Staying in the past: buildings formerly at risk given new lives as historic hotels

10th August 2020

With the government hopefully gradually easing the coronavirus lockdown, many British hotels and restaurants are aiming to reopen their doors to the public. It seems like a good time to get away and make the most of the summer. What better surroundings for this than a historic listed building?

SAVE Britain’s Heritage is pleased to see that several historic buildings formerly on the Buildings at Risk register have been successfully restored and converted into hotels. The buildings are located in the heart of cities and towns or close to key tourist sites, making them well-suited for use by the hospitality industry. Their history and unique character also make them ideally suited to create distinctive and memorable places to stay or eat and drink — they are destinations in themselves, telling the story of their particular location. 

The impressive grade II listed likely early 19th-century former house and offices of George Wright & Company in Rotherham was empty and derelict when SAVE first became aware of the building, but has since been restored and opened as the George Wright Hotel, Bar & Restaurant (see their website for more information). The owner, Mark Mcgrail, told SAVE of his belief in ‘bringing old buildings back into use’ for the community, to ‘make sure they are not lost forever’.

Another remarkable early 19th-century grade II listed building, Little Bolton Old Town Hall, has been beautifully converted into a bar and restaurant. The website reflects on how

‘Over the years, many people have passed by this stunning piece of Bolton history and hoped that, one day, it would find its place once again at the heart of the town centre community. This was our vision, too. And now it’s becoming a reality and emerging as a cornerstone of the new ‘Northern Quarter’, in the heart of Bolton.’ 

When the Manager's House at Darley Abbey Mills in Derby was first entered into the Buildings at Risk register, SAVE described it as a ‘vacant, depressed building’, with its windows bordered up and roof unstable, which had been empty since the 1970s. Fortunately, the grade II red brick house has been sensitively restored as boutique accommodation associated with the nearby mill buildings, now known as the West Mill Wedding Venue.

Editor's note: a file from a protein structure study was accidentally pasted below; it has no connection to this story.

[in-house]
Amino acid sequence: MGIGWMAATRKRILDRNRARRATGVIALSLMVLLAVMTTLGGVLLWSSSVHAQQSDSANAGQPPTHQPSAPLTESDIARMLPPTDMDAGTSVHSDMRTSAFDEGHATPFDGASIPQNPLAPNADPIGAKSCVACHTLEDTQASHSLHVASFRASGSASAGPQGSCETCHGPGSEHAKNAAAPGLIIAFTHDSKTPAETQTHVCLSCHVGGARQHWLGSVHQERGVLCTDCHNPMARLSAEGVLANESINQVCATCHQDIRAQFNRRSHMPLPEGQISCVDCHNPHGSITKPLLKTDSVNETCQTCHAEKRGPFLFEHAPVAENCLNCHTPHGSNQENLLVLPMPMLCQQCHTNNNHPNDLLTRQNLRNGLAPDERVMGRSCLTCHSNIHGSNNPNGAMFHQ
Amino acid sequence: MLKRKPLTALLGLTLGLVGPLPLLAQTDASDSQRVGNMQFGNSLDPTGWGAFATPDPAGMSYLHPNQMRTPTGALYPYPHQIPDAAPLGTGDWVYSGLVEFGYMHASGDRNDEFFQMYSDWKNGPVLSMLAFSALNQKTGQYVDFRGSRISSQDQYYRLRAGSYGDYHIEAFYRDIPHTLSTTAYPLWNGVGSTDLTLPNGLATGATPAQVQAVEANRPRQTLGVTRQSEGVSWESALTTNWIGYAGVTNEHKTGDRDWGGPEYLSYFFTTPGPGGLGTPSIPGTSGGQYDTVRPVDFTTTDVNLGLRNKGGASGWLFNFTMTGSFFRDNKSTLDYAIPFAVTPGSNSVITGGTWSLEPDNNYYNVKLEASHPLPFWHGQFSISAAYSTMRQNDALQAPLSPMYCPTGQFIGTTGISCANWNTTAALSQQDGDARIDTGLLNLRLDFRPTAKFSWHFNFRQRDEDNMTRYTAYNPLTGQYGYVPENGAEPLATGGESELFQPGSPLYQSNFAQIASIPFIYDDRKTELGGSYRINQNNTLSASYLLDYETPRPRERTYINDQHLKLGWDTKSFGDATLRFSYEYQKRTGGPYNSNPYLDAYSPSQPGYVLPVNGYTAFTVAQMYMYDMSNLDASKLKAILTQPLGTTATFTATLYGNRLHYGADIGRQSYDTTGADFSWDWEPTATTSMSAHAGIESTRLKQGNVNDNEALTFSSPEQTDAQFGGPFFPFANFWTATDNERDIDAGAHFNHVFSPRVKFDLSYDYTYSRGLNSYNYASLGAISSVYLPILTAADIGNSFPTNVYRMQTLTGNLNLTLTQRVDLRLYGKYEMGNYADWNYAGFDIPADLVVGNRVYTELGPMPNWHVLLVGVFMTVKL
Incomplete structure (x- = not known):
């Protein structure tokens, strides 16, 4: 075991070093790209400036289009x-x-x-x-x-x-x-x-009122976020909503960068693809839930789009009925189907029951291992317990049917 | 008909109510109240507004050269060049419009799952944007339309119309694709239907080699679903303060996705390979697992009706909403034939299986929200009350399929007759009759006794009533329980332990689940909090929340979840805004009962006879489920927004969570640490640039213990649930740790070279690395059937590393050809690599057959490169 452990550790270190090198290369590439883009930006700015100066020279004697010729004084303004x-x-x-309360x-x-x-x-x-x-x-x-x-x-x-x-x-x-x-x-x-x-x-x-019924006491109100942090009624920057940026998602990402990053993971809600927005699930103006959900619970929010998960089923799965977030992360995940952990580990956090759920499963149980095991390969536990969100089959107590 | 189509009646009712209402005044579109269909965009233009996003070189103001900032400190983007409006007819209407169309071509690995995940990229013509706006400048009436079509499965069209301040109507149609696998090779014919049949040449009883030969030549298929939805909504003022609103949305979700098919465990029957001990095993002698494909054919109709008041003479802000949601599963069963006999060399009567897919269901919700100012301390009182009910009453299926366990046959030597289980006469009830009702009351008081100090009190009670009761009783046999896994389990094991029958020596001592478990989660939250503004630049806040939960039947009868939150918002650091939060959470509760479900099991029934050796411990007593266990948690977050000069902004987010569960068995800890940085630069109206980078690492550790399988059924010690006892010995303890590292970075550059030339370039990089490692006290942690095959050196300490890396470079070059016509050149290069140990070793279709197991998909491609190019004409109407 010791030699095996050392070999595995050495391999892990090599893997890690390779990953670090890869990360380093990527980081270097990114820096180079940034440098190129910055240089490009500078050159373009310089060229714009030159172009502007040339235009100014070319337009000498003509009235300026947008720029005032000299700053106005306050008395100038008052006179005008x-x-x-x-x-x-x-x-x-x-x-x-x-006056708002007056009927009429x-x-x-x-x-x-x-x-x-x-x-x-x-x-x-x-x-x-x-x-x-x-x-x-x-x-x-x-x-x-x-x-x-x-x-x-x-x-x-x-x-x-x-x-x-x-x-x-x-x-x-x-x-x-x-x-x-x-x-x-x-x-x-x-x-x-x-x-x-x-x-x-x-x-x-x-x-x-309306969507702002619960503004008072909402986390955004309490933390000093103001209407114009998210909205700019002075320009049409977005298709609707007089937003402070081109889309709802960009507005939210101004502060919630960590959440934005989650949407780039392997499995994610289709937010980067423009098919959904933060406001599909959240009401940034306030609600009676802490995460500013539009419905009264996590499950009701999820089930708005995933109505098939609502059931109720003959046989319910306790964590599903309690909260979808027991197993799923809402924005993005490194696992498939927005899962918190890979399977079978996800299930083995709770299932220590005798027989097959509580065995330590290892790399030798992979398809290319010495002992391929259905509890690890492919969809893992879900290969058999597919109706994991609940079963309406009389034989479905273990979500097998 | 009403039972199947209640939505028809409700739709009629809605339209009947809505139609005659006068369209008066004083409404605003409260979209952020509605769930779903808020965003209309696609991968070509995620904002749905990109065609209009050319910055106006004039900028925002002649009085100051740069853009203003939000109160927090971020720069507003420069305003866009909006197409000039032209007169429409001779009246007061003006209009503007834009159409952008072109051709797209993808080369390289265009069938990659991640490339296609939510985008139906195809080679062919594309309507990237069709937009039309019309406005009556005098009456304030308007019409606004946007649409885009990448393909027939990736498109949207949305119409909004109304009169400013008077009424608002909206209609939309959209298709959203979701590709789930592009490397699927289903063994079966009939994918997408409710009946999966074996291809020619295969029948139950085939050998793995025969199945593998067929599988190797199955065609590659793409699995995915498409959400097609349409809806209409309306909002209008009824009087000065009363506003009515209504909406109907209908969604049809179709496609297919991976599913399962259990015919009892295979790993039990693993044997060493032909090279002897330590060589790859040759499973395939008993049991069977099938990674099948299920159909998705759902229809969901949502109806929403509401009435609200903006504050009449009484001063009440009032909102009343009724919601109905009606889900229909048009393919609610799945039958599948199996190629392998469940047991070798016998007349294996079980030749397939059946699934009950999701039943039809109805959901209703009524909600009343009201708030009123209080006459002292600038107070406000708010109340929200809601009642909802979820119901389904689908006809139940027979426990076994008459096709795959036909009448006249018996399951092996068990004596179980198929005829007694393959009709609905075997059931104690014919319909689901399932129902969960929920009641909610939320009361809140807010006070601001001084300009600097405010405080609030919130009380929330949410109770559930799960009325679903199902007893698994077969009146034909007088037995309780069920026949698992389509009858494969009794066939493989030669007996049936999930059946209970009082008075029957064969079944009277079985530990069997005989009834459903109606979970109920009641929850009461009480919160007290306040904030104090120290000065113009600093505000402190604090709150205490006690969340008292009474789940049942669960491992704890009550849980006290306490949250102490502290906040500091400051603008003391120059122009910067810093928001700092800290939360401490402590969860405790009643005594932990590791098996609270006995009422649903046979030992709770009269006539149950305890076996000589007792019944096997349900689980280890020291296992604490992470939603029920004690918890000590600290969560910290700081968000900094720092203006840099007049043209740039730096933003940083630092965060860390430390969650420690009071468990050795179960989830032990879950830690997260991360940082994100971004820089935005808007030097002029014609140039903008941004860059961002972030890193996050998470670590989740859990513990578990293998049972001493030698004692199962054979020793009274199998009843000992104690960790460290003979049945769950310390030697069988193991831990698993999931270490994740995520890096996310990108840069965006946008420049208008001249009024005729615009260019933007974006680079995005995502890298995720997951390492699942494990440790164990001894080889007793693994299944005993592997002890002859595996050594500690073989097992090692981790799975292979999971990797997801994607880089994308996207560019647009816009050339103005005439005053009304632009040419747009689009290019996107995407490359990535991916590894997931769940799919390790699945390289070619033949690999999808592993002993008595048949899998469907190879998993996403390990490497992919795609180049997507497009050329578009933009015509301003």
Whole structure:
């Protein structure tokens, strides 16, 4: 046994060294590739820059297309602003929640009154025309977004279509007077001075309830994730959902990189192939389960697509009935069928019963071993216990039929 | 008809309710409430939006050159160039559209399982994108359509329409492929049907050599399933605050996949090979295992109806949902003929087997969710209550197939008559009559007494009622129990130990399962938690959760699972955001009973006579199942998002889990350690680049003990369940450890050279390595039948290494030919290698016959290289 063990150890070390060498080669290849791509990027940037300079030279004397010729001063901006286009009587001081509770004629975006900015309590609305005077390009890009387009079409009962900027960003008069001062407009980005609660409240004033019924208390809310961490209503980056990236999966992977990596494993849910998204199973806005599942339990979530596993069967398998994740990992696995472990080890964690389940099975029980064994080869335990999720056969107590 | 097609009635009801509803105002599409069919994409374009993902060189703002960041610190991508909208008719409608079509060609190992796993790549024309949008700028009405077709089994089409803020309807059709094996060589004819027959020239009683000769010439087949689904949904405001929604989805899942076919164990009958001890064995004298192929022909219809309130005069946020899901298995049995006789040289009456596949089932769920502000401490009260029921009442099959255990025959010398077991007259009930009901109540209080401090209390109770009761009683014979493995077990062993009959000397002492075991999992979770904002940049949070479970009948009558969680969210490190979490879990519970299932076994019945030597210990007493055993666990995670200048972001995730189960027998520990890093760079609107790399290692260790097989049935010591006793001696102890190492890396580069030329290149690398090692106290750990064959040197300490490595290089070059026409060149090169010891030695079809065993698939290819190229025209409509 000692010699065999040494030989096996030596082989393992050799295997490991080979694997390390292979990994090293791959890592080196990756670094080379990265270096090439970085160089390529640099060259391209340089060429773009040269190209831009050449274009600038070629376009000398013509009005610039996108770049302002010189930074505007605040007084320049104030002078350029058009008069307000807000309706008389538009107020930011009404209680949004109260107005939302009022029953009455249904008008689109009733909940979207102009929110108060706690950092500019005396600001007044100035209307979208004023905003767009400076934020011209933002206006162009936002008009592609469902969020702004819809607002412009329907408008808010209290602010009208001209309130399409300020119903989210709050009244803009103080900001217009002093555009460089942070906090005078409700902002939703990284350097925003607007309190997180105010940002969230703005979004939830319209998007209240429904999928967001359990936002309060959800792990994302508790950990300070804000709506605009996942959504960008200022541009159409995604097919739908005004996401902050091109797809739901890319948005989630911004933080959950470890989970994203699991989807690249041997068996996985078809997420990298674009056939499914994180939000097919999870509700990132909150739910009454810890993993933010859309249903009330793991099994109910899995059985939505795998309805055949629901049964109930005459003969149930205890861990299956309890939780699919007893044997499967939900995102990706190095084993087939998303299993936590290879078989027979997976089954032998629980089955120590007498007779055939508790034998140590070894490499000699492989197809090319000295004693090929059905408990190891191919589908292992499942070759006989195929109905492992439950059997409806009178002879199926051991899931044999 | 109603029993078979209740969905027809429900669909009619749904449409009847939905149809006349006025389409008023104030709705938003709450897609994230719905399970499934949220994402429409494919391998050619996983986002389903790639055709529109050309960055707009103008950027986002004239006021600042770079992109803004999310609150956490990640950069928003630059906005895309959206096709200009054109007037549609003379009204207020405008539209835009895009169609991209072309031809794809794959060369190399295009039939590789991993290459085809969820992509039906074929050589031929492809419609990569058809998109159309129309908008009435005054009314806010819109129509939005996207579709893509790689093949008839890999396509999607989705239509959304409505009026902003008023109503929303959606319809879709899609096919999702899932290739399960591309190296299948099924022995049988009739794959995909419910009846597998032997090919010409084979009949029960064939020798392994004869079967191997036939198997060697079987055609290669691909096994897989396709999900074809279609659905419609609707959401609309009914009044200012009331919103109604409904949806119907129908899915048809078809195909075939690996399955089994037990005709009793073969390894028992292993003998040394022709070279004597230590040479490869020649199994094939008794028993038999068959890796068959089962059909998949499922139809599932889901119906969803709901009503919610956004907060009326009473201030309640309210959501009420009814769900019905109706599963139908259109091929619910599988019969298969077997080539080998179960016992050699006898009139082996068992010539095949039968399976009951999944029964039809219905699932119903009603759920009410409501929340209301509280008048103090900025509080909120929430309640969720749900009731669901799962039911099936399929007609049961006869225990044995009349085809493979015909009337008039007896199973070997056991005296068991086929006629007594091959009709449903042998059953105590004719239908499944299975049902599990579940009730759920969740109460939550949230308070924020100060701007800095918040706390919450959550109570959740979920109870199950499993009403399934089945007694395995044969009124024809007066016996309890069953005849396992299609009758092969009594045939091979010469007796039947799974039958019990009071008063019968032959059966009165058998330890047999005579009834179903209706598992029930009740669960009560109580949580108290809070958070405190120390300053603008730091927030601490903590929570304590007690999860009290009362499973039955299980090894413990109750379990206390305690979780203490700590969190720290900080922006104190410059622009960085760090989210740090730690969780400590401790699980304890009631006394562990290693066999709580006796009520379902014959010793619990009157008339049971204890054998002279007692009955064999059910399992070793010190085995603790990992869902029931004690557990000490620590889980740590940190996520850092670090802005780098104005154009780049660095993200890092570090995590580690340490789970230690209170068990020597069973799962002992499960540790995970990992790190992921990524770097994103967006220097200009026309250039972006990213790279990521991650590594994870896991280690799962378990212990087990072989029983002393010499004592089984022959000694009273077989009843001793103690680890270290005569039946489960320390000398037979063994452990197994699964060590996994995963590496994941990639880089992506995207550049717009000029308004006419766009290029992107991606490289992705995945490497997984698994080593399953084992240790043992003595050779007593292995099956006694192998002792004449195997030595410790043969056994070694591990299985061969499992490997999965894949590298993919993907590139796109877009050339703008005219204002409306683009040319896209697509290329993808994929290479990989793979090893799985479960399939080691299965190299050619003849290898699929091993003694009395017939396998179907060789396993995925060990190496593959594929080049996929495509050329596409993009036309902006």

Restoration work is currently being carried out on the grade II* 16th-century Island House in Laugharne, Carmarthenshire—SAVE’s Building of the Month for May 2020—to convert the building into a hotel, bar and restaurant (visit their website for updates on the work). The house is located close to Laugharne Castle on the Tâf estuary, which is cared for by Cadw.

These success stories are not all conversions — the Grand Hotel on Colmore Street in Birmingham, was built (as the name suggests) as a hotel in 1876-78 by the architect Thomas Plevins for Hortons’ Estates. This grand building was threatened with demolition in 2004 but was saved by a successful spot listing application, designating the building grade II*. The hotel has been empty and disused for many years, but it has recently been restored and is set to reopen later in 2020, with the addition of new offices and shops (visit their website for more information).

In addition to the Manager’s House at Darley Abbey Mills in Derby and the Grand Hotel on Colmore Street, the grade I listed Georgian house, no. 28 Portland Square, in Bristol is also set to open as a hotel later this year. The work has been carried out by Artist Residence who have opened four other bohemian and quirky hotels elsewhere in the UK in historic buildings (see their website for updates).  

SAVE applauds the restoration of these buildings and looks forward to this next chapter in their use as hotels. There are many other buildings on SAVE’s Buildings at Risk register that could potentially be converted into hotels in the future — all they need is people with vision and determination to see the project through.